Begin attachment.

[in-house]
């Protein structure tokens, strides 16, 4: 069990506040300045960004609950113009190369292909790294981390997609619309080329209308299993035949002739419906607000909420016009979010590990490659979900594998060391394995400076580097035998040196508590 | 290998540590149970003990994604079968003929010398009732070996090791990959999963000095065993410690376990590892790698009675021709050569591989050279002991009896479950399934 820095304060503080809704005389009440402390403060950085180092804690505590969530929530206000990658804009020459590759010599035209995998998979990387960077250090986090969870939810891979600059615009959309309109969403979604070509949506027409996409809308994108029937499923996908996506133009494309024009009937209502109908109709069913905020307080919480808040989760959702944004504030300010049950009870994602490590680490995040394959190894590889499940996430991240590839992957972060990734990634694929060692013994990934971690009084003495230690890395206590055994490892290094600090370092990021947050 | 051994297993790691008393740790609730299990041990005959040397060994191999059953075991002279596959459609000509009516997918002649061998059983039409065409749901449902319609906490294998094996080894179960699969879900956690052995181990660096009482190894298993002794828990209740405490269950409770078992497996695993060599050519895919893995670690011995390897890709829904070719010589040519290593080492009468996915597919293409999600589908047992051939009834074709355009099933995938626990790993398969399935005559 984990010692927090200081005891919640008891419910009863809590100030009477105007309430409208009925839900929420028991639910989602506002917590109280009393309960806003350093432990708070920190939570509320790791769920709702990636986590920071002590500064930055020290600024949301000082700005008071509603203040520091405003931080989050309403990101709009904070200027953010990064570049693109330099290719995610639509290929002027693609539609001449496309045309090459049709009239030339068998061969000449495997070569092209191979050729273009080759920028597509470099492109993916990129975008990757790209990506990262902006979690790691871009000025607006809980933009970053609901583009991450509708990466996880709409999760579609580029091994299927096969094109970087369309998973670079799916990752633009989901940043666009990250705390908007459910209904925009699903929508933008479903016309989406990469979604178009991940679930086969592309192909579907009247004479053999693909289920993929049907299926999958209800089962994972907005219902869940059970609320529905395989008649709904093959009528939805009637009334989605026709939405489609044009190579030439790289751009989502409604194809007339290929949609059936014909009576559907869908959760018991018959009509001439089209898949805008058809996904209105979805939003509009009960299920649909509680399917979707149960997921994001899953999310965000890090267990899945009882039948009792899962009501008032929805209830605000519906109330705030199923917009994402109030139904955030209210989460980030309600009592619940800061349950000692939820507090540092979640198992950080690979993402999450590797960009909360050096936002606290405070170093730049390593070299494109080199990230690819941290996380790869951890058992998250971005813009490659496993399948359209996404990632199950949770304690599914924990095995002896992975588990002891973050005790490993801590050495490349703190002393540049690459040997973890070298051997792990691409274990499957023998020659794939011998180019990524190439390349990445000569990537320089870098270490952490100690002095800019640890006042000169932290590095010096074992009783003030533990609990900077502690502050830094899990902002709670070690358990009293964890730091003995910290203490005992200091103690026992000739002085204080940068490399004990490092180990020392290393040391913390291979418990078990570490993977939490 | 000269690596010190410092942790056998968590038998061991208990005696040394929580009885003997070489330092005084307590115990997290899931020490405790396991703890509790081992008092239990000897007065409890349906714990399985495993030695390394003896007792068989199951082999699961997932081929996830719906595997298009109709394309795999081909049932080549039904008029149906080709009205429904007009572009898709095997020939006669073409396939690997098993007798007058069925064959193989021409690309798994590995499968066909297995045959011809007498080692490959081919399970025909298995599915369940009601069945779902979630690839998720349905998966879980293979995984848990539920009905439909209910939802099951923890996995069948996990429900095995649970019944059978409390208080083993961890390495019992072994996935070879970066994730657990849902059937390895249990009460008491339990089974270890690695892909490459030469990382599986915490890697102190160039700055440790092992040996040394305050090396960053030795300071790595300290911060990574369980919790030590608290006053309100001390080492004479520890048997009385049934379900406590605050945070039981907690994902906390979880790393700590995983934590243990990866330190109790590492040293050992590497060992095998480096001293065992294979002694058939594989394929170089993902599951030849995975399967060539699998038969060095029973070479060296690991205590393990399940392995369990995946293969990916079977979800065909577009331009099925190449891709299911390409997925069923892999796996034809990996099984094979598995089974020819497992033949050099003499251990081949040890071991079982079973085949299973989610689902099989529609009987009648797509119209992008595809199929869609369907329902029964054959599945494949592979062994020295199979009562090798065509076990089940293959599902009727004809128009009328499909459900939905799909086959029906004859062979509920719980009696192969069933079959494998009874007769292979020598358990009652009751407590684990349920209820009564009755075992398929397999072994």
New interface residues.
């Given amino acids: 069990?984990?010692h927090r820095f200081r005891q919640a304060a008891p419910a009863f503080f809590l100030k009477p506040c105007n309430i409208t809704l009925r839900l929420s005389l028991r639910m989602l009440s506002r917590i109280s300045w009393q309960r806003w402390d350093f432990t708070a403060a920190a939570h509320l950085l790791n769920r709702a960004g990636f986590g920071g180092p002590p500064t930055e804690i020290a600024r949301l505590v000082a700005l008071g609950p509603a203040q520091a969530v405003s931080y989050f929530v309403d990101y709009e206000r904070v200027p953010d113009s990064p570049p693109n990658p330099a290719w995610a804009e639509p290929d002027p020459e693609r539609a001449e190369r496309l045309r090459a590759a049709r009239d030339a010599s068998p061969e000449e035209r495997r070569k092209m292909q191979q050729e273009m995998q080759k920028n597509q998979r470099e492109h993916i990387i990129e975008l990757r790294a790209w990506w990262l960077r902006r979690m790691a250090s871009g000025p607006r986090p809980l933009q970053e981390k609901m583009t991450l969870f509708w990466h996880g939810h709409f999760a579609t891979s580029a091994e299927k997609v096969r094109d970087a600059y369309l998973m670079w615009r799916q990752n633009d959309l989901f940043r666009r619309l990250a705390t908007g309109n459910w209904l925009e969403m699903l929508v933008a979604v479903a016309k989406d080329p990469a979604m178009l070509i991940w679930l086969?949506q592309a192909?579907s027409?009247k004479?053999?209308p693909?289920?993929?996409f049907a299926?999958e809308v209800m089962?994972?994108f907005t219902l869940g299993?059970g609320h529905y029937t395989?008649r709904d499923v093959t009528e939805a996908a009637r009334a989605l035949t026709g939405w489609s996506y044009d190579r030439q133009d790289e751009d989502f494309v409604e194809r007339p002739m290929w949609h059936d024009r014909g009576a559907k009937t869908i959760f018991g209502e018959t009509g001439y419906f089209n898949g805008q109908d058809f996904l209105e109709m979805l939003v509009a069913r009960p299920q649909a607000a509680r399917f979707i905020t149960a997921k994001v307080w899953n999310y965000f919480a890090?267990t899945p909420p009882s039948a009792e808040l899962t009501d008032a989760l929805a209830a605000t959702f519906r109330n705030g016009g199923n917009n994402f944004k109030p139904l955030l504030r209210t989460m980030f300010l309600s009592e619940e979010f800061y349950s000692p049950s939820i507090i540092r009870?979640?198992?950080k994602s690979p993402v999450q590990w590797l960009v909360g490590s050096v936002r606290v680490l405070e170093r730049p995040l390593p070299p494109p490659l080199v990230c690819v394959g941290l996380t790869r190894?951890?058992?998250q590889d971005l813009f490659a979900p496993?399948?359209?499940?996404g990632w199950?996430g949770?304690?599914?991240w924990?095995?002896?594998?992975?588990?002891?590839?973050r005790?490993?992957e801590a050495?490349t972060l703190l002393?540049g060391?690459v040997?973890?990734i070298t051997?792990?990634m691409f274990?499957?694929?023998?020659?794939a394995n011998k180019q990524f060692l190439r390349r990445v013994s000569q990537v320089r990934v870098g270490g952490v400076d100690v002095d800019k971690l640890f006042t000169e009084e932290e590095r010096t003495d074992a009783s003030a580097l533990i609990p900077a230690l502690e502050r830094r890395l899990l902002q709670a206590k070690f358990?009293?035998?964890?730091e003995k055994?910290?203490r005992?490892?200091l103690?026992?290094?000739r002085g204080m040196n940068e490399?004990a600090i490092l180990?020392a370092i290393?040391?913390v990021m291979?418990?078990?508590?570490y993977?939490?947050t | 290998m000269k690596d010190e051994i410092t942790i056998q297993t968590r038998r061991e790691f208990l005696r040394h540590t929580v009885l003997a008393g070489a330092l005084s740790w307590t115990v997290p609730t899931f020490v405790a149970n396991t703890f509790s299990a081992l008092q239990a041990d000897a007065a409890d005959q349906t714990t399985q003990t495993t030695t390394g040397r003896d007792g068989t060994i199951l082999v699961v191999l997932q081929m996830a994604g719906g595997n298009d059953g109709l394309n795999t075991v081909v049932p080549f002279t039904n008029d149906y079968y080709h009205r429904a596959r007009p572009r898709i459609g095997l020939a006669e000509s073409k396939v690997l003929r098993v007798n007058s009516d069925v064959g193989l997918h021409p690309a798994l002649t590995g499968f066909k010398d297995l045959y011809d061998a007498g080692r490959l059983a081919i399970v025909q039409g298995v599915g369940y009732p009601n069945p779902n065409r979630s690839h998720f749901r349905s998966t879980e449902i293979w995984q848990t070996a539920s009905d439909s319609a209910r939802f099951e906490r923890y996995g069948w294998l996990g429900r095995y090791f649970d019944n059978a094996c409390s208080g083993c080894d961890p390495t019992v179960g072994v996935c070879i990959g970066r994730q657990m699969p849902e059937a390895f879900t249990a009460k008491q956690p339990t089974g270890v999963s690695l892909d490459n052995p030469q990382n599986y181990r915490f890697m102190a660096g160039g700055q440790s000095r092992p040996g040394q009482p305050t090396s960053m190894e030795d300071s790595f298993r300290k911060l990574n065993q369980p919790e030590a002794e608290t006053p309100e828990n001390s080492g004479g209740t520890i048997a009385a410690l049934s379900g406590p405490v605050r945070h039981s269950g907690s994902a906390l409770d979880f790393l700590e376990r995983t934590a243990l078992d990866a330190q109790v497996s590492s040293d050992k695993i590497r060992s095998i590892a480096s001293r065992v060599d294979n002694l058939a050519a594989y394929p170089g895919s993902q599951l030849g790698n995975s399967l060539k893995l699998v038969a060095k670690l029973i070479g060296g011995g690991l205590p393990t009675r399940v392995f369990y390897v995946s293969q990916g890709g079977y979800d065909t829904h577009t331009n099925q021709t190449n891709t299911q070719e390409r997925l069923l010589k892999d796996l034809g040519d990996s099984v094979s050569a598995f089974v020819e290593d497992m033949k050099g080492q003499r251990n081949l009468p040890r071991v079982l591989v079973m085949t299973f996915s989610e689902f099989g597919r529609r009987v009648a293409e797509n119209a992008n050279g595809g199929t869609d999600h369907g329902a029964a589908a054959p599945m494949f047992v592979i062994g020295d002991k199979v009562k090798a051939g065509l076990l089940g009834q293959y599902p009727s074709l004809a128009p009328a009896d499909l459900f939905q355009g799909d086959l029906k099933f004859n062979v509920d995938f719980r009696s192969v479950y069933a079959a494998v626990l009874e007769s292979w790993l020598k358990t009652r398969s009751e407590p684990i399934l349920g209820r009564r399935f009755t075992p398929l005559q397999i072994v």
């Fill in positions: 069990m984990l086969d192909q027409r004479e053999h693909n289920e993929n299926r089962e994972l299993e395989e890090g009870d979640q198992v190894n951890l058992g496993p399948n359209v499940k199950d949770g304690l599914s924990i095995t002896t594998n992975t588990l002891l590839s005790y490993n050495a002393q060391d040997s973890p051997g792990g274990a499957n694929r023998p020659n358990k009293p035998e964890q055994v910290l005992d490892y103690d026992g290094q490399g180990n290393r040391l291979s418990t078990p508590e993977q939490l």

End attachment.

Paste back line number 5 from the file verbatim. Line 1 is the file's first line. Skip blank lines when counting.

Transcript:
């Fill in positions: 069990m984990l086969d192909q027409r004479e053999h693909n289920e993929n299926r089962e994972l299993e395989e890090g009870d979640q198992v190894n951890l058992g496993p399948n359209v499940k199950d949770g304690l599914s924990i095995t002896t594998n992975t588990l002891l590839s005790y490993n050495a002393q060391d040997s973890p051997g792990g274990a499957n694929r023998p020659n358990k009293p035998e964890q055994v910290l005992d490892y103690d026992g290094q490399g180990n290393r040391l291979s418990t078990p508590e993977q939490l």